A 35-Year-old astrologer filed a civil defamation suit last week in the Bombay High Court against microblogging site Twitter, social media platform Facebook, Yahoo.com/Yahoo India Pvt Ltd and YouTube.com owned by Google, actor Karan Oberoi and multiple media houses. She has claimed damages to the tune of Rs 650 crore from Oberoi, whom she has accused of rape, and 25 others. It is apparently the first time that social media and microblogging sites have been made parties in a defamation suit.
She plans to file a Criminal Defamation suit next, said her Advocate. In May 2019, the astrologer had filed a rape case against Oberoi at Oshiwara police station, following which he was arrested. A month later, the Mumbai police arrested the complainant and her advocate, Ali Kaashif Khan Deshmukh, for allegedly orchestrating an attack on herself in Oshiwara.
The Astrologer's current counsel, Advocate Mansha Bhatia, told mid-day that 'her client's identity was revealed and her mobile number was disclosed in public platforms'. Bhatia said she sent legal notices to Twitter and Facebook, asking for the derogatory and libelous content against the astrologer to be removed. She said Facebook never responded to the legal notice till date.
"Twitter responded and pulled down some tweets but some defamatory posts are still live," Bhatia told mid-day. "Twitter and Facebook are accessible worldwide. Some of the deleted content is still reflected on Google. Our prayer is to suspend the accounts of the defendants."
'Friends Revealed Identity'
Bhatia claimed that immediately after Oberoi's arrest, his friend termed the rape case as fake on Twitter and criticised the police and the judiciary. She added, "There are various tweets where his female friend tried to influence the investigation by giving out case details including my client's photographs, which were unlawfully clicked in court."
Bhatia further told mid-day that Oberoi's friends also posted defamatory content against her client on Facebook. "The suit has been filed to seek permanent injunction against Oberoi ad others and damages for publishing, circulating and broadcasting defamatory materials including videos, newspaper articles, statement on social media as well as revealing the identity of a rape victim on public domain," the petition said.
"Making irresponsible and derogatory comments on a subjudice matter interferes with the fair administration of justice, influences the pending investigations, judiciary, the witness and the eventual decision of the courts," reads the suit, whose copy is available with mid-day.
"The defendants (including Oberoi) have further criticised the judiciary severely and without any cause or reason which amounts to contempt and attracts criminal liability. Oberoi has further misused his bail to generate public sympathy, conduct a media trial and propagate innocence in the rape case by maligning and defaming the plaintiff," reads the suit."The civil defamation suit has been filed to remove all the existing defamatory content including all articles/videos revealing my client's identity, published and circulated on public domain and further to restrain the defendants from publishing such similar defamatory and derogatory content against my client," Bhatia said.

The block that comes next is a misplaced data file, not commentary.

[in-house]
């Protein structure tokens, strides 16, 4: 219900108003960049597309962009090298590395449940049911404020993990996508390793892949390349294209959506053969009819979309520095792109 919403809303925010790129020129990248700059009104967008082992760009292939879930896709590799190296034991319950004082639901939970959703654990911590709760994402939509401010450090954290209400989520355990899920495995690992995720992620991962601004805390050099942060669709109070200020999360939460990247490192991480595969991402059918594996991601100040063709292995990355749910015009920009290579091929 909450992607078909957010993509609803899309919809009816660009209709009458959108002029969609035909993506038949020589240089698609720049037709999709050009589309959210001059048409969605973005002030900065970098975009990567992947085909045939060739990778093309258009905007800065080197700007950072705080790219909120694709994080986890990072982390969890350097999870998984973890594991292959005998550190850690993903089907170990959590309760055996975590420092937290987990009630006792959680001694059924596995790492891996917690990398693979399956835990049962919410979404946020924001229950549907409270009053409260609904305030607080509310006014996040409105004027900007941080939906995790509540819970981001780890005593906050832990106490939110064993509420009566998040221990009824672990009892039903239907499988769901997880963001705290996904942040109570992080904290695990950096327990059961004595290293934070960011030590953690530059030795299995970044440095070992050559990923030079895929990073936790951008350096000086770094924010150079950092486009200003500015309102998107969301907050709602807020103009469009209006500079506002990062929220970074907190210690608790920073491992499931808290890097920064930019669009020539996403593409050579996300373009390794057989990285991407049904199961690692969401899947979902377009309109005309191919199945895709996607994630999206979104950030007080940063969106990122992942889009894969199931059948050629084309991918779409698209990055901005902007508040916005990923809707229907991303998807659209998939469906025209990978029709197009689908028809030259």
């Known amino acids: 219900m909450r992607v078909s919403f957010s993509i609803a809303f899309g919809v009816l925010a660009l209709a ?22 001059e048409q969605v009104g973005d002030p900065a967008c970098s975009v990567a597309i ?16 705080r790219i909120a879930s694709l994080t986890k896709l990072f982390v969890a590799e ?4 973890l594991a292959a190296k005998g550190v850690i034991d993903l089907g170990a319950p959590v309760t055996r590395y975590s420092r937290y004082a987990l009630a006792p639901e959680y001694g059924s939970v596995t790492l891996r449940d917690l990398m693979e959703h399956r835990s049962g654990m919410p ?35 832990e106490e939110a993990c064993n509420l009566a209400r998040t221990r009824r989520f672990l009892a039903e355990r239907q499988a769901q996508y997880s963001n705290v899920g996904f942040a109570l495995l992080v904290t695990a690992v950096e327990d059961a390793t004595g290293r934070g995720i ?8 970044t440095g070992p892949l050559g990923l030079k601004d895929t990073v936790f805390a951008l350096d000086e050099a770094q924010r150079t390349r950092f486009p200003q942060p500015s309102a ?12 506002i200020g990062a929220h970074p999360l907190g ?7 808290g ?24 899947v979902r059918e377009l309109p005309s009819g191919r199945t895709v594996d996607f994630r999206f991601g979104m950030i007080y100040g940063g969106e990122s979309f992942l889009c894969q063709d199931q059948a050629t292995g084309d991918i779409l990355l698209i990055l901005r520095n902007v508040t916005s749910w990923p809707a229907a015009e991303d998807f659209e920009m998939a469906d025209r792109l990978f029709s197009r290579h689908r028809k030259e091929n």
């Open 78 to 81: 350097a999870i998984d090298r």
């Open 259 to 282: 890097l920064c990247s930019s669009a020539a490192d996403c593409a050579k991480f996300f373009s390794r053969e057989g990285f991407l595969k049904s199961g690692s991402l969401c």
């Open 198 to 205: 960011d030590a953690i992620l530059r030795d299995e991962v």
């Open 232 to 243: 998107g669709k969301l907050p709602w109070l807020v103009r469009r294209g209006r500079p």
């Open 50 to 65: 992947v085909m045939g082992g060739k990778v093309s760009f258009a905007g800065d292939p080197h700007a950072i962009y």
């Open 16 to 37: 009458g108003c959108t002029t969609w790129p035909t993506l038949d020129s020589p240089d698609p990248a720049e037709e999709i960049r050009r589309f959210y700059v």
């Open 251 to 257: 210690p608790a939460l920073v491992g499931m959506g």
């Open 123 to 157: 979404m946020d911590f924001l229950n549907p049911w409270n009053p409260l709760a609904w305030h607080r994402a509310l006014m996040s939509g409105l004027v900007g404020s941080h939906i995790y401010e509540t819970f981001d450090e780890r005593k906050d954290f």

"My client has further claimed damages from the defendants to the tune of R 650 crore for loss of reputation, maligning her image, character and dignity, and causing business losses. We are also in the process of filing criminal proceedings seeking registration of FIRs against those involved," she added.
A social media expert said it is difficult to keep track of defamatory posts. "Portals like Facebook, Twitter and YouTube have huge number of postings every hour, so technically it becomes very difficult to keep a track of every such defamatory post and further take it down. There are times where such posts remain live for a long time. This not only leads to severe trauma for the victims, but also there are a lot of scams happening, and such phishy posts never go down even after they are reported. Acts like impersonation and cheating have been on a rise because portals do not act swiftly. They need time to evaluate the libellous contents which have been reported," said Govind Ray, a social media expert.
A cyber and privacy law expert feels making these websites parties to the defamation suit now is of no use. "FB and Twitter are intermediaries as per the IT Act, 2000 and they are protected by safe harbour provision i.e. as per Section 79 of the IT Act, an intermediary cannot be held liable for any third party information made available or hosted by it. So making them parties is of no use. They can be made parties when a court orders them to remove a content and they fail to remove the same," said Advocate (Dr.) Prashant Mali, Cyber & Privacy Law Expert.
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